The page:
Author and comedian David Baddiel has written his first children’s novel.
The Parent Agency, a humorous novel about a boy who gets to try out different sets of parents, will be published by HarperCollins Children's Books in the autumn for the 9+ market. Exact publication date is yet to be finalised.
Speaking to The Bookseller, Baddiel said the original idea for the book came from his son, Ezra. “We were at a Harry Potter exhibition and Ezra asked me: 'Why doesn’t Harry leave the Dursleys and go and get some better parents?' I said I didn’t know but that it was an interesting idea. So it was Ezra who sparked off the idea.”
As with his adult novels, Baddiel did not draw up a detailed plan but jumped straight into the writing, sending Barry, the hero of the book, to an agency where he tries out five different sets of parents.
“They’re all opposite versions of his own parents. For example his parents aren’t very rich, so the first parents he chooses are rich parents. Then that doesn’t quite work out,” he said. “The second thing he was worried about is that his parents aren’t very glamorous so the second pair he chooses are celebrity parents…Each version he chooses are the opposite of his own parents, as he sees them.”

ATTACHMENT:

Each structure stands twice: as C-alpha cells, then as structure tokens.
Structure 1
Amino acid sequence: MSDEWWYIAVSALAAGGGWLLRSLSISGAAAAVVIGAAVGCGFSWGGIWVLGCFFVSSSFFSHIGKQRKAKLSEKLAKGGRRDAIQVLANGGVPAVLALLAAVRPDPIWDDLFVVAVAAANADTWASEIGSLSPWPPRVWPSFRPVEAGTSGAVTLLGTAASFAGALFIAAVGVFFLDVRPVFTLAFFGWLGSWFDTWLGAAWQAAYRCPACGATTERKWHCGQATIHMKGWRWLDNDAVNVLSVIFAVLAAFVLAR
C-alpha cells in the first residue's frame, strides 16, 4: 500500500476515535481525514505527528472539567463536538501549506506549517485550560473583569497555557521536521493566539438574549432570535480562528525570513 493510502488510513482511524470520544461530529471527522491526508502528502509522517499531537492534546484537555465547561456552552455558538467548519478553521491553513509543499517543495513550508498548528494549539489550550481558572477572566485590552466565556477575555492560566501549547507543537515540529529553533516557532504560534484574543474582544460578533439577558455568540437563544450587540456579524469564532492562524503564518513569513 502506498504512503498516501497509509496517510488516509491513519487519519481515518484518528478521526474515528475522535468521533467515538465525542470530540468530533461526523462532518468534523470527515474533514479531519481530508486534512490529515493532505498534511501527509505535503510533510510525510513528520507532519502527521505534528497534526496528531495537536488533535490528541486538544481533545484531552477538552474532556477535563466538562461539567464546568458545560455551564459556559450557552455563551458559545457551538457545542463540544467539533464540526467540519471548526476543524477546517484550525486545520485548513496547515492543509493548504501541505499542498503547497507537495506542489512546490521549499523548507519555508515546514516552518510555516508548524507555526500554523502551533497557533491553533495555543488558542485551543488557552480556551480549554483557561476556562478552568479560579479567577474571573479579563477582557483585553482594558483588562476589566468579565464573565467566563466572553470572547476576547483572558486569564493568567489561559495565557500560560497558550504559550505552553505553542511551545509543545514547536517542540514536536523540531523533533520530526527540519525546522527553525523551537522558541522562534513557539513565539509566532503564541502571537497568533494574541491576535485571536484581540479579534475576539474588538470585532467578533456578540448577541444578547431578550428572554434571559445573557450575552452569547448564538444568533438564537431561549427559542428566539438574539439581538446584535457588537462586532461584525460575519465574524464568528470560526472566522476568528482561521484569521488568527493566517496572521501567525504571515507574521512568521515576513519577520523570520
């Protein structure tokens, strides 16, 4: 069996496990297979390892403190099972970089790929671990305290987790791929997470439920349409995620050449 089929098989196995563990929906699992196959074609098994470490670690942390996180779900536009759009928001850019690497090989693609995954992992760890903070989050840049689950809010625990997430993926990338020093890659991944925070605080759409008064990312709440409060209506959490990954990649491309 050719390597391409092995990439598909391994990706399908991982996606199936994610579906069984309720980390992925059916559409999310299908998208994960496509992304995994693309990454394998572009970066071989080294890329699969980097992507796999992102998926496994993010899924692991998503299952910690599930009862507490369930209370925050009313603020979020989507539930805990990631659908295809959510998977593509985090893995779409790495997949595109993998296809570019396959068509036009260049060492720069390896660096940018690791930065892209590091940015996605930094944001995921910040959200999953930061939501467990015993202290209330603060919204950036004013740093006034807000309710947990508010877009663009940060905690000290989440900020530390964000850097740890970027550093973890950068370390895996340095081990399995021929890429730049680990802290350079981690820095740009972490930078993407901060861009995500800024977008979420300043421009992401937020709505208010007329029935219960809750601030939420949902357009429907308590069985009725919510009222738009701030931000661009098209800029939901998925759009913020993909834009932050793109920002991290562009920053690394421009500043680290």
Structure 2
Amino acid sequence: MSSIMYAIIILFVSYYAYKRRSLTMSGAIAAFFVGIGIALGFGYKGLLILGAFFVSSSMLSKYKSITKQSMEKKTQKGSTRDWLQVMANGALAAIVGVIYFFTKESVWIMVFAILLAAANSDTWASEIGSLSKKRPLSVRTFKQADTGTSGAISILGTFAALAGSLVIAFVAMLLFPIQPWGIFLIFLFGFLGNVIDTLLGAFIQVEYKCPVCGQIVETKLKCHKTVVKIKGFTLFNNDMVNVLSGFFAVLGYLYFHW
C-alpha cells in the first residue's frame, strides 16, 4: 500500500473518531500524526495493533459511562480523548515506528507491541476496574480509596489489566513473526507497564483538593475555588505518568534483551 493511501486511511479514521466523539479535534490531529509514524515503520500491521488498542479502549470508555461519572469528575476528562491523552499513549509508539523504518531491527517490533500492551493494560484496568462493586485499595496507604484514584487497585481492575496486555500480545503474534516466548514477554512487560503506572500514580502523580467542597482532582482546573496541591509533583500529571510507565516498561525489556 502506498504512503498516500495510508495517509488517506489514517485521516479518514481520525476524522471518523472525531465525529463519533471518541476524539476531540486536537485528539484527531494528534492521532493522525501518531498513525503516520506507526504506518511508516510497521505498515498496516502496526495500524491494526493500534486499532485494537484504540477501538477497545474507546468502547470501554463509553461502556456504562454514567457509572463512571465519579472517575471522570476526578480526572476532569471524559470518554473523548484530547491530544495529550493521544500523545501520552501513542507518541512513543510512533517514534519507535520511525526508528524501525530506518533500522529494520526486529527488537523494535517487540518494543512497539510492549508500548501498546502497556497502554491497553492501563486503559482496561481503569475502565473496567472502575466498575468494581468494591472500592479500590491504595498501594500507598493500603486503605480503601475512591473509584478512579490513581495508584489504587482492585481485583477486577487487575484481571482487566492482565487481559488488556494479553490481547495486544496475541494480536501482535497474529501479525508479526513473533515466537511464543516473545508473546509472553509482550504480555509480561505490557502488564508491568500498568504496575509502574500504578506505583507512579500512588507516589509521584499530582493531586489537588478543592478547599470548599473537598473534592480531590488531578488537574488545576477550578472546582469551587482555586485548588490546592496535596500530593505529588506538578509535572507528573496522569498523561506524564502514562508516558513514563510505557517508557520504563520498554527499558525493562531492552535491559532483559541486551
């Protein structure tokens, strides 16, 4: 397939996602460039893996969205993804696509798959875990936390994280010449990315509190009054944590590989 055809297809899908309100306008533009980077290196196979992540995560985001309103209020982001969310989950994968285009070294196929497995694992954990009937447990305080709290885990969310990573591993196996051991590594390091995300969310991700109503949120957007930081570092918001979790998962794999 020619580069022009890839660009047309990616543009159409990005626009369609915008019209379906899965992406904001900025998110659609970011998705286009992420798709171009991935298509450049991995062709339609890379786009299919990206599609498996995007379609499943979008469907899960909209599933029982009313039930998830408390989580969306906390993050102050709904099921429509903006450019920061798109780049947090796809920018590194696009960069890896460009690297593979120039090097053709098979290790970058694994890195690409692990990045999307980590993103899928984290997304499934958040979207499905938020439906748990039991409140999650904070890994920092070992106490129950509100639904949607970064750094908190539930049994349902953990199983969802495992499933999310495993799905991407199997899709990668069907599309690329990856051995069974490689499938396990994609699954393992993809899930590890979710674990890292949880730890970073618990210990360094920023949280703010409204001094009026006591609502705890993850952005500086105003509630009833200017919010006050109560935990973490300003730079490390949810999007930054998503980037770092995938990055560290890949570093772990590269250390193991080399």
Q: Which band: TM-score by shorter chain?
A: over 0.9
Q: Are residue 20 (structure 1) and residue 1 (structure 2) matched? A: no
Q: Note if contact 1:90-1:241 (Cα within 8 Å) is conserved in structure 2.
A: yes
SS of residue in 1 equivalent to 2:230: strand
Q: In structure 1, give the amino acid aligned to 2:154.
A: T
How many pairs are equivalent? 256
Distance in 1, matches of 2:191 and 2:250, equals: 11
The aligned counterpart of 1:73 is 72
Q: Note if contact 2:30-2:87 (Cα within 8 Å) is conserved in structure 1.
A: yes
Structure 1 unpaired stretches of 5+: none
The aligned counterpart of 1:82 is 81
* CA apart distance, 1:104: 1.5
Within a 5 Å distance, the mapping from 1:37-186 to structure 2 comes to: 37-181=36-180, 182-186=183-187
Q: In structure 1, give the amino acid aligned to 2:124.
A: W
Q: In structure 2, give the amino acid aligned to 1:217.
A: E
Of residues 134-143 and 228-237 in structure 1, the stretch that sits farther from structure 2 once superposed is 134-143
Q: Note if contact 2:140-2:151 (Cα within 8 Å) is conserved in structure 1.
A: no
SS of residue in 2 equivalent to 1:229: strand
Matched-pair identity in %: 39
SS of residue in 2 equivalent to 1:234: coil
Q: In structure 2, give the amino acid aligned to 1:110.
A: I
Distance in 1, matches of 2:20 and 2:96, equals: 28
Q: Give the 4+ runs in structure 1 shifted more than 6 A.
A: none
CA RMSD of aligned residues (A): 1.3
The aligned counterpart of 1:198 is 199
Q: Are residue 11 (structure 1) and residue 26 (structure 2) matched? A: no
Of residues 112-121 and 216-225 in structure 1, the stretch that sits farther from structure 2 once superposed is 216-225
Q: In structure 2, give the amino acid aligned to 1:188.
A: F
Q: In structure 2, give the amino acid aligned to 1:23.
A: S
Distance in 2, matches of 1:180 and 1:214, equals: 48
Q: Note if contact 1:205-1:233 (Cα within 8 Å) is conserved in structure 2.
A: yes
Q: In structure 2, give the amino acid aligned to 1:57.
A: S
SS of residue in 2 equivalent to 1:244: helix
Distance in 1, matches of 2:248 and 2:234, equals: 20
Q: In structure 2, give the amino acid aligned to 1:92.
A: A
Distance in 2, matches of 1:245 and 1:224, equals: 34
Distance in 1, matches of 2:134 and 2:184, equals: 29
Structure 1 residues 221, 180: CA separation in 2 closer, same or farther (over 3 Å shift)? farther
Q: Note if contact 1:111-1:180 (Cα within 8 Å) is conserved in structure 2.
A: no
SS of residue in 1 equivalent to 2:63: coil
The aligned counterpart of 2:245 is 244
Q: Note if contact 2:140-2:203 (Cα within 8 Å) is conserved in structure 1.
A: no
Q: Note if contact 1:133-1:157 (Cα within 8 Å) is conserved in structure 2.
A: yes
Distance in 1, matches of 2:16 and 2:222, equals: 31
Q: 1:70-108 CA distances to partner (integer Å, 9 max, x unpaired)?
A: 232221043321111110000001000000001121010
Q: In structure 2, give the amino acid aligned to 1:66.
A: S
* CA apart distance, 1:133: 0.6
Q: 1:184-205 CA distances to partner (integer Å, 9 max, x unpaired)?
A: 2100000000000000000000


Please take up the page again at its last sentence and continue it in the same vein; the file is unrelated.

The book is illustrated by Jim Field, who has worked with HarperCollins, Bloomsbury and Macmillan, among others, and was chosen by Baddiel for his “modern and up-to-date” but “not completely wild and weird” style.
“I wanted something that boys of Barry’s age would like,” he said, adding: “He was also really good at landscapes, and there are a lot of really interesting and funny places that Barry goes to in the book.”
Baddiel has already published several adult books under the HarperCollins 4th Estate imprint, and said writing for children is both easier and harder than writing for grown-ups.
Writing for children stops him from getting “bogged down” with finding the absolute right word for the sentence, but he explained that it can be harder to describe something using just vocabulary that is suitable for children.
He also added that his work as a comedian helped him keep in touch with the child inside. “I think that’s the job of a comedian almost, to try and remain very in touch with the child in yourself.”
HCB the novel in a two-book deal from Georgia Garrett at RCW and Baddiel already has plans for the second title, which will be a stand-alone book involving talking animals.
“It’s strange because in books, talking animals seem to be for a younger audience but in films, kids will accept talking animals until they are about 14,” he said. And, of course, the book will still be funny, he added.
Nielsen BookScan has recorded overall sales of 162,219 copies for Baddiel's previous titles, with his highest-selling book Whatever Love Means (2000) at 85,310 copies.